What Can I Do With a Paralegal Certificate?

A paralegal certificate is quite valuable in today’s professional world. To earn a paralegal certificate, you must first graduate from a paralegal training program. Offered as an associate’s degree in business colleges, and as a bachelor’s or post-baccalaureate certificate in universities, a paralegal certificate opens many doors for those intending to work in the law side of business.

You Choose What to Do as a Paralegal

You’re probably wondering, “What can I do with a paralegal certificate, anyway?” It’s helpful to know that the certificate doesn’t need to be a stand-alone paralegal study— in fact, most paralegal certificates are tied to a number of liberal art undergraduate degrees such as:

  • The fine arts
  • Business
  • Political science
  • The humanities
  • Math
  • Social sciences

You may be wondering why many general education majors would be interested in the Paralegal field in the first place. However, its’s common to see English majors follow the path of paralegal studies after obtaining a bachelor’s degree. A paralegal certificate is indicative of developed communication, reading and writing skills. If you’d like to reach a higher level of professionalism, you can enter specific paralegal areas as part of the above-mentioned post-baccalaureate certificate program.

The National Association of Legal Assistants is responsible for giving graduates their paralegal certificates. In holding a certificate, you are qualified to take part in the legal aspects of your desired career field. This can include the management of legal research, analysis, technology and writing.

Paralegals in Different Fields

So, is a paralegal certificate worth it? We feel it is. Once you’ve earned a paralegal certificate, you can work in a multitude of positions. The most prominent areas for paralegals are listed below.

Paralegals in Private Law Firms

Paralegals are incredibly valuable in private law firms. Responsible for conducting heavy research, managing litigation, handling real estate, handling businesses and managing family law, a private law firm paralegal certainly has a lot of options available.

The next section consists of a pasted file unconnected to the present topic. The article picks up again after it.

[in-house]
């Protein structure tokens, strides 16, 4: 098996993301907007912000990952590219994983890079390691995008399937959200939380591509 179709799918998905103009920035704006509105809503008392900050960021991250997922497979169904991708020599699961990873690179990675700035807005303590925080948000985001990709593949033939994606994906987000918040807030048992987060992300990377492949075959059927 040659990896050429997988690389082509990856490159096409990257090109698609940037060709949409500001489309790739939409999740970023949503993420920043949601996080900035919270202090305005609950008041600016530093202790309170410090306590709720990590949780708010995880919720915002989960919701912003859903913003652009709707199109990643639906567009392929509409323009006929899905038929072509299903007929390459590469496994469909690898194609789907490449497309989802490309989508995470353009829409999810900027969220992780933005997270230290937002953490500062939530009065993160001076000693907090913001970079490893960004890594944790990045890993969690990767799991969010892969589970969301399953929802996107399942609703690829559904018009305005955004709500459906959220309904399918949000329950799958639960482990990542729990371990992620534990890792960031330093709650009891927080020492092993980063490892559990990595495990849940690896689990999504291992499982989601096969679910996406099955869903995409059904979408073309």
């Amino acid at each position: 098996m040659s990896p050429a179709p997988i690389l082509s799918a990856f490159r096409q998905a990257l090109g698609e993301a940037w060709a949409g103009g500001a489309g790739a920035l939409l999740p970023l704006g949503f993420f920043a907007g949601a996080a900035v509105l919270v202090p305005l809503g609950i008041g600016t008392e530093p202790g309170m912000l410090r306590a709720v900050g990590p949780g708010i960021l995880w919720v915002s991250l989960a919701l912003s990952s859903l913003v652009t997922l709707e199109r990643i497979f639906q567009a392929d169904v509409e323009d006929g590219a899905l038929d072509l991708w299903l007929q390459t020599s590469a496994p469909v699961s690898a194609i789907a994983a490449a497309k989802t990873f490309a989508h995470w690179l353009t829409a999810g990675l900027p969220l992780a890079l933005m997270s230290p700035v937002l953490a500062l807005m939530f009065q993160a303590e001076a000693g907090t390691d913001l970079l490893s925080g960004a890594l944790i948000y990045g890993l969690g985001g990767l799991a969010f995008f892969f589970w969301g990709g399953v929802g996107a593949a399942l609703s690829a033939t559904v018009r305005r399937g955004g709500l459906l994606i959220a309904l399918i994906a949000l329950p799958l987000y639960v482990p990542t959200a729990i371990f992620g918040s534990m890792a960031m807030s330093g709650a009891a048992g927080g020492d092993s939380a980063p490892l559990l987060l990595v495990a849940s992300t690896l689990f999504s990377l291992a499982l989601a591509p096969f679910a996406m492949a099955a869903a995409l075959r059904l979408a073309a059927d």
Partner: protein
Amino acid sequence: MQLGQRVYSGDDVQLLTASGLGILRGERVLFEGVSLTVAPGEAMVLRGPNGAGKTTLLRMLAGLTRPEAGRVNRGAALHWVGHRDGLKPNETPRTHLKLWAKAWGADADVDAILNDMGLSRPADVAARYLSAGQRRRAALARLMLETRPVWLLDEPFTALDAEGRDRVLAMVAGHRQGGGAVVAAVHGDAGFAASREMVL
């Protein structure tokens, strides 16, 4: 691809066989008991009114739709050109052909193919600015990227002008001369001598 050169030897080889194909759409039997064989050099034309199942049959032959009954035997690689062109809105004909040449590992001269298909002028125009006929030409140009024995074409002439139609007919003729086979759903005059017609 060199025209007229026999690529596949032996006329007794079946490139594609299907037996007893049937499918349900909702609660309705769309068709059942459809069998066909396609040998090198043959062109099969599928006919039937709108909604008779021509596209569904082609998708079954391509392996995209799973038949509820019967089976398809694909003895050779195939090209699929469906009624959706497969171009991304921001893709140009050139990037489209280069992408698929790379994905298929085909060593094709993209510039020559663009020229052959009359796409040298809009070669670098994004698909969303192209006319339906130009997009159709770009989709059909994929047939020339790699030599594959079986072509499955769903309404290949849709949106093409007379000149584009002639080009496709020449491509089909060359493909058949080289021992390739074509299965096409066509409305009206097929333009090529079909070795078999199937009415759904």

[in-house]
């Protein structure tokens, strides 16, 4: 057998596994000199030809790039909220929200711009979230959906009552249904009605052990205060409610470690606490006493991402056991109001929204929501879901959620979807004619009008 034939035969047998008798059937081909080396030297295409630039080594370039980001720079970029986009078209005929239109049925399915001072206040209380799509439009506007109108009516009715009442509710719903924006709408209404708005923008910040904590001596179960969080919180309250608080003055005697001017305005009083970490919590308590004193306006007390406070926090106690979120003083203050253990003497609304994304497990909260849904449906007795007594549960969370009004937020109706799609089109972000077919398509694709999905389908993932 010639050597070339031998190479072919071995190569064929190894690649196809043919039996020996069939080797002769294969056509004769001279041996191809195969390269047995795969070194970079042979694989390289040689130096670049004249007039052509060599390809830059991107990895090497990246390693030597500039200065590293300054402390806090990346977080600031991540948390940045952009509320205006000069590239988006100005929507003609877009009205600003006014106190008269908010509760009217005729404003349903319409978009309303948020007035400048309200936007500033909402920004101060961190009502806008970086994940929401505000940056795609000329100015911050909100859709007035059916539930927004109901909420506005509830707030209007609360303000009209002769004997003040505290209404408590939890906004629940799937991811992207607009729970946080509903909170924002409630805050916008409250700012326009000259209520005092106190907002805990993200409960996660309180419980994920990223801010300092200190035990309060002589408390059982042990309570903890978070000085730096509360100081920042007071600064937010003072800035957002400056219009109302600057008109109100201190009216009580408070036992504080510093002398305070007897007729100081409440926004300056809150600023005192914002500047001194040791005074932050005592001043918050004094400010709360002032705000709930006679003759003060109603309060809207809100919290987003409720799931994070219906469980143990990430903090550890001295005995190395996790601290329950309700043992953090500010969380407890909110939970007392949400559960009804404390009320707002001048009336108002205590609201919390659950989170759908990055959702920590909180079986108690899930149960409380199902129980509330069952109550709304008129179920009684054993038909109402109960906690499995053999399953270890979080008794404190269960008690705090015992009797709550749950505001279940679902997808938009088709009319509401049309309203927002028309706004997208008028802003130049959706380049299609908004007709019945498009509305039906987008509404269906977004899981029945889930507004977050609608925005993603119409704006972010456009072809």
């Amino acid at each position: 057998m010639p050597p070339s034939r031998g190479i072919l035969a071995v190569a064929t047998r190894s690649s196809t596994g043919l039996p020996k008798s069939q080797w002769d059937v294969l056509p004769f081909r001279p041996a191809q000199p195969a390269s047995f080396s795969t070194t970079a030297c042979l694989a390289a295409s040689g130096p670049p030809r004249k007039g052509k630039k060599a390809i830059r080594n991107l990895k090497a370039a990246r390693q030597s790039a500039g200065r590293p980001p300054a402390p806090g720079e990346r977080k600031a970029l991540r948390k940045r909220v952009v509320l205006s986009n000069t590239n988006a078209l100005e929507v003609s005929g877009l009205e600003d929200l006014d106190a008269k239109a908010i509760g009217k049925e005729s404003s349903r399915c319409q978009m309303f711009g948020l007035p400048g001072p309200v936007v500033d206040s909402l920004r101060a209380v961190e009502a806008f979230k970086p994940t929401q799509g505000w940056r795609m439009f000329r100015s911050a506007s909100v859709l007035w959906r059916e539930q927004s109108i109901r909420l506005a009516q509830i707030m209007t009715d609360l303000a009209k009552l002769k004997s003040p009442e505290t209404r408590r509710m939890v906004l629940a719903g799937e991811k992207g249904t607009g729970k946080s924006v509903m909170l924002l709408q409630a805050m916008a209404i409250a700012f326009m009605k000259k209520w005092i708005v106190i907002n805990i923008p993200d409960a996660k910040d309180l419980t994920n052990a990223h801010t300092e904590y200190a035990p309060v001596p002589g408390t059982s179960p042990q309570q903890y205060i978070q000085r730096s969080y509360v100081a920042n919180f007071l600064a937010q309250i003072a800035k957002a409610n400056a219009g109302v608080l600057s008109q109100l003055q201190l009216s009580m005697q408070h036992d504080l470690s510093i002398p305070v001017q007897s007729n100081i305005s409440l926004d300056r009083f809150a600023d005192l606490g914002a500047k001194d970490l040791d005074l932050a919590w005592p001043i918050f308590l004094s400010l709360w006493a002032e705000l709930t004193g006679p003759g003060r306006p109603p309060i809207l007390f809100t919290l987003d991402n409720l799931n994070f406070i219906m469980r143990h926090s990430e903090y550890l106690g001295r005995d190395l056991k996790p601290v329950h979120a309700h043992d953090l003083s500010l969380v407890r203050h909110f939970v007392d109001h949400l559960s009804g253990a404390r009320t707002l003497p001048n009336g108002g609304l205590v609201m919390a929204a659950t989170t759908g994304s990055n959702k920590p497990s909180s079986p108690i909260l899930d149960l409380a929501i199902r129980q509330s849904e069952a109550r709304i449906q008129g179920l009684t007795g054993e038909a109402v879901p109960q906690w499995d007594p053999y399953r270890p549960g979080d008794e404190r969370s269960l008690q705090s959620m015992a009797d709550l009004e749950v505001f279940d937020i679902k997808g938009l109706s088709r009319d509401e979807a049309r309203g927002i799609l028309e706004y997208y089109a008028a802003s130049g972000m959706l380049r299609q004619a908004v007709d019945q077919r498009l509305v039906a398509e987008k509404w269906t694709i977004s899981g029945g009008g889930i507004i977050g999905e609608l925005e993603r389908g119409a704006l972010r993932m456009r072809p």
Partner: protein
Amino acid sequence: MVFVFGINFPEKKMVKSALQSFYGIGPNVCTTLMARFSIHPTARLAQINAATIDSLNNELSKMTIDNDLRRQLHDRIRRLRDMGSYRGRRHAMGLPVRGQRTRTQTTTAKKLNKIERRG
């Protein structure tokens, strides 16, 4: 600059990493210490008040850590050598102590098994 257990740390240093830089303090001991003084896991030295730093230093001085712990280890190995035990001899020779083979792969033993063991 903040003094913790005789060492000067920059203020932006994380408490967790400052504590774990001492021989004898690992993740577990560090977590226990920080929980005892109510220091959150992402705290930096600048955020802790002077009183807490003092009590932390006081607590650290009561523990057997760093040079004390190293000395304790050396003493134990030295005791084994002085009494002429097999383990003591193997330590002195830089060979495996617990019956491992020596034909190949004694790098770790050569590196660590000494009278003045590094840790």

Paralegals in Corporations

In a corporation, a paralegal can serve as an in-house attorney. This job position is responsible for providing professional legal guidance, document preparation and legal review. Many corporations have entire paralegal teams—teams which assure all industry, and legal, structures are adhered to.

Paralegals in Government

Paralegals are also important in government. If you have a paralegal certificate, you can work for the Social Security Administration, The Department of Justice, the Department of the Treasury or the Department of Labor. You can also work as part of a court system, a private government agency or in smaller legal departments.

Paralegals in Education

Paralegals can also teach other paralegals. Once you have a paralegal certificate, you can work as an associate’s degree program professor. If you don’t want to travel the typical paralegal path, teaching others to become effective legal providers is still very rewarding.

Paralegals in Non-Profit Organizations

Non-profit organizations need paralegals, too. Paralegals can work in legal aid programs, helping the financially disenfranchised, victims of domestic violence and victims of assault. Because non-profit organizations are powered by activism, they require a firm foundation in law to succeed and help the disenfranchised seek relief.

Obtaining a paralegal certificate may take time, but the journey is certainly worth it. Whether you’d like to work as a law firm’s administrative assistant or as a government employee, taking the paralegal’s path is an incredibly bountiful endeavor.